A crimson cursive sign reading “Ernie’s Liquors” brightens the dreary parking lot at 3870 El Camino Real. Every few minutes, cars pull up and customers walk in, only to come out minutes later, bags in hand.
In all their time at Palo Alto High School, most students will never set foot inside. But not Riley, a senior whose name has been changed to protect her identity, along with all other student sources. Riley holds the key to the racks of liquor that lie behind Ernie’s doors: a fake ID.
Riley is one of the 2.7 percent of Paly students who owns a fake ID, according to a survey of 182 students conducted by Verde.[su_pullquote align=”right”]I’m not trying to be a dealer. I’m just helping people have fun or be less stressed. I like to make my customers happy.
Fake ID owners, although a small demographic at Paly, provide 45.3 percent of Paly’s student drinkers with alcohol.
Aiming to curb fake ID usage and underage drinking, the California Department of Alcohol Beverage Control gave the Palo Alto Police Department a $41,000 grant to combat underage drinking in July.
At Paly, this new development has the potential to affect a large portion of the student body.
According to Verde’s survey, 25.3 percent of Paly students participate in underage drinking.
“If we want to do something fun, then we drink,” says Jamie, a senior.
These students turn to fake ID owners like Riley, who are often more than willing to sell them alcohol at a premium.[su_heading size=”16″]Riley[/su_heading]
Riley, who doesn’t even have her driver’s license, regularly uses a fake ID to purchase alcohol, tobacco and smoking paraphernalia for fellow students.
Riley is well known on campus for her services. She can expect four to five messages on Fridays and Saturdays from students, many of whom she barely knows.
“I’m not trying to be a dealer,” Riley says. “I’m just helping people have fun or be less stressed. I like to make my customers happy.”
Since obtaining her fake ID last year, Riley has begun to make a profit from this pursuit. In a single weekend, Riley can make upwards of $70, often in a single trip, which far outweighs the $110 she initially spent on the ID.
“This is easy money” Riley says “I don’t have to work for it.”
Managers and cashiers at local liquor, convenience, and grocery stores know Riley as a Stanford student from the East Coast who comes in to buy mass quantities of alcohol for fraternity parties.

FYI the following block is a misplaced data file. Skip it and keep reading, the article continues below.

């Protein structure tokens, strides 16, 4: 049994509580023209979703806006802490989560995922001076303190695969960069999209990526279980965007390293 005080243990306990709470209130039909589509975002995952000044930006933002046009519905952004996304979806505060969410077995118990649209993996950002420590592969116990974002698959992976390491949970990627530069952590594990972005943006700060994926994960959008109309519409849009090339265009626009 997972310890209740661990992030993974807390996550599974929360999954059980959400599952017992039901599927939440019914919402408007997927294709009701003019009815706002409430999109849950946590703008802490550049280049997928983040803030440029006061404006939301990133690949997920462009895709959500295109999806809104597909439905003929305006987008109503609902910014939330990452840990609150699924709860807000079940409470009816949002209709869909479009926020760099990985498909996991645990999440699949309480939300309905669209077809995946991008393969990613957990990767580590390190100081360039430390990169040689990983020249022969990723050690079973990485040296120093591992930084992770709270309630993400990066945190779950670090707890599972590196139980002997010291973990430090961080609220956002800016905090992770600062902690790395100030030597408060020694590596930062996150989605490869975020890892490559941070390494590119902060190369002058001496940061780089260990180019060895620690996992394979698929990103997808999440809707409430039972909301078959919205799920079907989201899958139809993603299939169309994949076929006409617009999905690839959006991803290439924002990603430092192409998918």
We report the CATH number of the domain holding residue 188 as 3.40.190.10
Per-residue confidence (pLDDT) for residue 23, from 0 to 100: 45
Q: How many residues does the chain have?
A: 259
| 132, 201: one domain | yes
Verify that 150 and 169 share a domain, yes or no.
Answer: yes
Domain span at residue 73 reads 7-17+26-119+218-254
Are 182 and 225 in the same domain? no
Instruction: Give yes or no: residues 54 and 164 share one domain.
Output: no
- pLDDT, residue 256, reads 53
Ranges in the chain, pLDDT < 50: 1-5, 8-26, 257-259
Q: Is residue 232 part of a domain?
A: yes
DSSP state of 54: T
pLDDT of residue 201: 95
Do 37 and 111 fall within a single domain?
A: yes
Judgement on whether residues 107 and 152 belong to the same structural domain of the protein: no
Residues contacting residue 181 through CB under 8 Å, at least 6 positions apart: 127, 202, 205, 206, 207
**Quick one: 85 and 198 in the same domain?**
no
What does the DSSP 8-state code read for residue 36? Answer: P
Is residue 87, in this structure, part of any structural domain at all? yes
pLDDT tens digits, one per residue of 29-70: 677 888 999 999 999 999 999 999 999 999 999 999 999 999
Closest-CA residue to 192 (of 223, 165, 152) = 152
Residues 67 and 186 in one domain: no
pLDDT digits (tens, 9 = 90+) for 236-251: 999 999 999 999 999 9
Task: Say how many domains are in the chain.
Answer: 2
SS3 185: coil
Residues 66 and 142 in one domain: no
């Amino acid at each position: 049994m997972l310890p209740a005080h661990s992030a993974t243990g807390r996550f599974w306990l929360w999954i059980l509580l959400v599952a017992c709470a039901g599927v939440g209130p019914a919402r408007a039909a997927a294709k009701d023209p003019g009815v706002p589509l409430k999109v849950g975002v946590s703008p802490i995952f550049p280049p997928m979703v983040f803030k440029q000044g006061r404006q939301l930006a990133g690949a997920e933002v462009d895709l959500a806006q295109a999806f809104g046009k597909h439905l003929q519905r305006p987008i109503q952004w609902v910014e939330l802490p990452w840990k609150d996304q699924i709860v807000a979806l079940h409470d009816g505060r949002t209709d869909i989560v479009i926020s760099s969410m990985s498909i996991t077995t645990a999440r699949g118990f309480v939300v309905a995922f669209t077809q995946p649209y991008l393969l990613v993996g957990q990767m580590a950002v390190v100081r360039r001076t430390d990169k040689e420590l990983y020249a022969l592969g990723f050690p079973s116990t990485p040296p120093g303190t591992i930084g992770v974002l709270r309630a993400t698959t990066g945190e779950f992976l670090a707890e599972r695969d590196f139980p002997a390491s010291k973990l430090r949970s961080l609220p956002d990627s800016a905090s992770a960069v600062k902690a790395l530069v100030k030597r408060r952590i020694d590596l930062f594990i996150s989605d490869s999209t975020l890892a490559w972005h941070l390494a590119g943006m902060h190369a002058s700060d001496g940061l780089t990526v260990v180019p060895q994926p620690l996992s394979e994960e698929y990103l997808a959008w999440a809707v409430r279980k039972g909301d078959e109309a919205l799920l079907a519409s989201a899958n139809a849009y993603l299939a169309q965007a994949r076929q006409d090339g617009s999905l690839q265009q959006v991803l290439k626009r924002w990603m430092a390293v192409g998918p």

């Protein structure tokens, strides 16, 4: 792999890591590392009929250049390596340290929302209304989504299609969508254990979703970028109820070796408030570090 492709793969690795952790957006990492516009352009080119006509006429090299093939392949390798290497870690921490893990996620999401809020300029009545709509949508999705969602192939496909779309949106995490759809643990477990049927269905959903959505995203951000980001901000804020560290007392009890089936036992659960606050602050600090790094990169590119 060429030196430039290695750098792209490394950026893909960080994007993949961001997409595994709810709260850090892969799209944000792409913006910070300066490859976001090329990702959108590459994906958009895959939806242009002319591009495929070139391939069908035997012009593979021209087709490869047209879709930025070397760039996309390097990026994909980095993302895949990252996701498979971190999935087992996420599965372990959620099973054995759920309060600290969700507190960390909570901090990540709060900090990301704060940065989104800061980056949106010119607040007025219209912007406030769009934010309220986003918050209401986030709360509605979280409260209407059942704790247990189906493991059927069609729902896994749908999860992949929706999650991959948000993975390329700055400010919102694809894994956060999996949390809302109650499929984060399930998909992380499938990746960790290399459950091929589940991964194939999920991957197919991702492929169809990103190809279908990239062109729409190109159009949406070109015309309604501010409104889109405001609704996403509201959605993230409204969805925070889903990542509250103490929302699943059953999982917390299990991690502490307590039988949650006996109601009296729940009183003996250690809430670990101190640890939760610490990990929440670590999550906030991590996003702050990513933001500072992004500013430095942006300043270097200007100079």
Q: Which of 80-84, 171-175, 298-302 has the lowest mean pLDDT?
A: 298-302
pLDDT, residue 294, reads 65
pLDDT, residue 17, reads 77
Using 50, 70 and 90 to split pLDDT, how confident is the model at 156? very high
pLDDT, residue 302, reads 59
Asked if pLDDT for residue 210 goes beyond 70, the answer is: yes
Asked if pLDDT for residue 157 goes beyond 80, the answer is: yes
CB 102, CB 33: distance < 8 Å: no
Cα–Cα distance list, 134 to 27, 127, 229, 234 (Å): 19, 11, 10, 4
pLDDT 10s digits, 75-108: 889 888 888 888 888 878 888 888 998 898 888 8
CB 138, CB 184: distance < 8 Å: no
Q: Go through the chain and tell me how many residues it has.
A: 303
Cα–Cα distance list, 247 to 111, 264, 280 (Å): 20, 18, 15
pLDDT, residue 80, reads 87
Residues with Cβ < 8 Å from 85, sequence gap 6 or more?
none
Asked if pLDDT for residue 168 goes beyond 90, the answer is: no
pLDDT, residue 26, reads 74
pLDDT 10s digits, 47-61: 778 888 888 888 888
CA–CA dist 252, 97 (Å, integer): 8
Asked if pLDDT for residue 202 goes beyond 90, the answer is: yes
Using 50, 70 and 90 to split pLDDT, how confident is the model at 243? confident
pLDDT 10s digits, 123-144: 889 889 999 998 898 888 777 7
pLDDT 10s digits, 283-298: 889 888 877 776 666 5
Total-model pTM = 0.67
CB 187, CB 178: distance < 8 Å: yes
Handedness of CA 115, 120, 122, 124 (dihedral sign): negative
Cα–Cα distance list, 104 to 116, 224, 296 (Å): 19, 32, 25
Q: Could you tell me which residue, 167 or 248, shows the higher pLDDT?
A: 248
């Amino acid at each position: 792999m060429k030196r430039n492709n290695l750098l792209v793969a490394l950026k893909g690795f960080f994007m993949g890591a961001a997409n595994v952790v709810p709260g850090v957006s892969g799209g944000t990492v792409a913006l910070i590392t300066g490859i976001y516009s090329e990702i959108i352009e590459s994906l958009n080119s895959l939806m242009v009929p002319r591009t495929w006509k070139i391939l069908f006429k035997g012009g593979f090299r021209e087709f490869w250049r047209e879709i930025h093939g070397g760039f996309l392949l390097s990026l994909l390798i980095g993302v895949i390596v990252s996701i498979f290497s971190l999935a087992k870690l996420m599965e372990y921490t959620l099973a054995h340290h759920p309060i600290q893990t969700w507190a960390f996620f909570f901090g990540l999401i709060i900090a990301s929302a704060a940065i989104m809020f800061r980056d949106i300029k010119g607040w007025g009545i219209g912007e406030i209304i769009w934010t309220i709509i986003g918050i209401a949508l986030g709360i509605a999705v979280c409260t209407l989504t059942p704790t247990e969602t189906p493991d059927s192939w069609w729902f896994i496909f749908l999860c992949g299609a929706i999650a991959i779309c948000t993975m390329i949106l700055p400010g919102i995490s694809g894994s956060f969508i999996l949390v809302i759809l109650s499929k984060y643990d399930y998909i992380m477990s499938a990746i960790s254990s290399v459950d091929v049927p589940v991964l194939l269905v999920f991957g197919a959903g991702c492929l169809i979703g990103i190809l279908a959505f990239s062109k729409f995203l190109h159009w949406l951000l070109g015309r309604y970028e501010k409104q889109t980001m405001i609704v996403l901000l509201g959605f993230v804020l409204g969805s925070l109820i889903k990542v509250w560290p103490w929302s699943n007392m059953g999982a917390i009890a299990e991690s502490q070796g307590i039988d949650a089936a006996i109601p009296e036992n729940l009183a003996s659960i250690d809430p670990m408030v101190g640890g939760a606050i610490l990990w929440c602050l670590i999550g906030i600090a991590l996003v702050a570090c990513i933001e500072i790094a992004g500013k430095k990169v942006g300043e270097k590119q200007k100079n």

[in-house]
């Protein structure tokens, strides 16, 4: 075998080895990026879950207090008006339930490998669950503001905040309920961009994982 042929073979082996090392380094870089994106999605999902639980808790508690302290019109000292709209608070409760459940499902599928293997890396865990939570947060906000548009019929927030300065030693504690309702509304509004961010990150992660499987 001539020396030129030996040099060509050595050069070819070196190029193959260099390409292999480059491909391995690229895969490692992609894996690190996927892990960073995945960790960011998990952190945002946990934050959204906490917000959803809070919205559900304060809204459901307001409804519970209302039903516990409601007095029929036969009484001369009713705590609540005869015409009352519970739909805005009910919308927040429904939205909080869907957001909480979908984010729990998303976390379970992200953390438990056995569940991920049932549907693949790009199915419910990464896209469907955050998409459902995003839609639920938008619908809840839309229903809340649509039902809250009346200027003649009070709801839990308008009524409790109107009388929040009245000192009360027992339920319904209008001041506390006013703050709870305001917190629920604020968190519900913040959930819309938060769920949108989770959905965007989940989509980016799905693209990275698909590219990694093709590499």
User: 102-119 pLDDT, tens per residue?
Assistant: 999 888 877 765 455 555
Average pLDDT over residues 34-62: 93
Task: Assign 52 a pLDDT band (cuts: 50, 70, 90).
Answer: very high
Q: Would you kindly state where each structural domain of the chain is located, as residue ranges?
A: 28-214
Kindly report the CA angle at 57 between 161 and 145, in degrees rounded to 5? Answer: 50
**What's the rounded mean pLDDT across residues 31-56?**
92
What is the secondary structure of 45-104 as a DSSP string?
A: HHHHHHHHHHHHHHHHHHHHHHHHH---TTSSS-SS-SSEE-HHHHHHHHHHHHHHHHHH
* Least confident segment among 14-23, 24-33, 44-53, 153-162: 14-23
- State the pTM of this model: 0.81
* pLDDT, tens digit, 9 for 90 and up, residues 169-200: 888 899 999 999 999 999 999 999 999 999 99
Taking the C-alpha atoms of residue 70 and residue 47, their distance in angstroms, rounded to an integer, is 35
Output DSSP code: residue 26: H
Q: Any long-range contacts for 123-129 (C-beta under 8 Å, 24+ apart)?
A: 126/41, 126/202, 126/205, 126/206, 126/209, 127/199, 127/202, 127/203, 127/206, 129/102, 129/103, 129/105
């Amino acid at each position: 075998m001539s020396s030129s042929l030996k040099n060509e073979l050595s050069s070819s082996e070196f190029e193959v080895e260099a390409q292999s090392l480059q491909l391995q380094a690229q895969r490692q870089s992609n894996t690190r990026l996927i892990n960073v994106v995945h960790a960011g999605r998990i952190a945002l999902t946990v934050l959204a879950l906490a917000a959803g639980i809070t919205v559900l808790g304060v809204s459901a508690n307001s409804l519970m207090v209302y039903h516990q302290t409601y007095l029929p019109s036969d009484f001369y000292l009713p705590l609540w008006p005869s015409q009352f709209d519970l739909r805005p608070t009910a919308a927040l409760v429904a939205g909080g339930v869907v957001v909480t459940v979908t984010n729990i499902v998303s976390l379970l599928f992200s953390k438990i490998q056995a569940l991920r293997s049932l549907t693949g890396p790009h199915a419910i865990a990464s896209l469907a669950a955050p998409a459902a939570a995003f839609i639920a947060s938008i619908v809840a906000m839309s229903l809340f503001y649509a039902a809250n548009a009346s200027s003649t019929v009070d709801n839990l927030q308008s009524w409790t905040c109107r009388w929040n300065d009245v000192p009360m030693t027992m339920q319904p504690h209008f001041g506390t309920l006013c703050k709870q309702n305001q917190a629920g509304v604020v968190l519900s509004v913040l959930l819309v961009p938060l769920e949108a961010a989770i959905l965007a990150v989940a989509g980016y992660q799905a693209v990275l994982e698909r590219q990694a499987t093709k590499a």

For Tony, a senior, Riley’s services provide him with an easy source of alcohol. When he and some of his close friends wanted alcohol at the last minute, he turned to Riley, whom he knew only by name. Shortly after messaging her, he drove her to Ernie’s.
For Tony, just being with Riley in the parking lot in front of Ernie’s was nerve-wracking, as he was aware of the potential consequences.
Under California Penal Code 470b, ownership of a fake ID could warrant misdemeanor charges, punishable by up to a year in prison or a $1000 fine. Those who use their fake IDs to deal alcohol, such as Riley, could face up to three years in state prison.[su_heading size=”16″]A mindset[/su_heading]
However, consequences do not deter dealers or make alcohol any less available. This is partly because many Palo Alto businesses have been fairly lenient towards fake IDs. Riley’s closest call happened at Ernie’s, where, despite memorizing the information on her fake ID, she could not provide her zipcode when asked. The cashier denied Riley alcohol but returned her ID and still sold her several lighters.
This instance is indicative of a greater lenience toward fake IDs in Palo Alto. According to PAPD School Resource Officer Dujuan Green, Fake IDs are not reported to the police as often as they would like. In fact, zero arrests or citations have been made for fake ID possession in the past year. If caught however, Green does not advocate for severe consequences for cooperative fake ID infractors.
“If it was me [discovering a fake ID], and someone came clean, I would walk back in, ask the clerk nicely for a refund, contact the parent and make it a teachable moment, and confiscate the ID card,” Green says.
Further reducing the deterrent of using a fake ID, students turned over to the police usually have a fair chance of escaping substantial consequences.
“As long as you haven’t done it before, it’s usually not too serious,” says Los Angeles-based DUI lawyer Jeff Yeh. “If you have a lawyer, most of the time you can get an infraction, which doesn’t go on your permanent record, or you can get the case dismissed.”
Despite the relative lack of legal ramifications for fake ID users and student drinkers, the health effects of underage drinking are detrimental. According to Paul Dunn, a social worker and former dean of the Menlo School, using fake IDs to buy alcohol is a harmful crutch for socializing.
“Fake IDs allow teens to formalize the process of getting alcohol, using it to socialize and hypothetically reduce stress,” Dunn says. “Clearly, there’s a challenge to that model of wellness.”
This challenge is delineated on the National Institute on Alcohol Abuse and Alcoholism’s website, which deplores how underage drinking is often regarded as a normal part of growing up, noting its high involvement in suicides.
PAPD hopes that the measures funded by the ABC grant can help combat this problem.
“This has been going on for decades in every community in America,” says PAPD Public Affairs Manager Lt. Zachary Perron. “It is nothing new. It happens in high schools, and it happens in colleges. By obtaining this grant, we hope to better educate employees of local restaurants, bars and stores that sell alcohol so that they know to check for valid identification. Punishment is not something with which the police department is concerned.”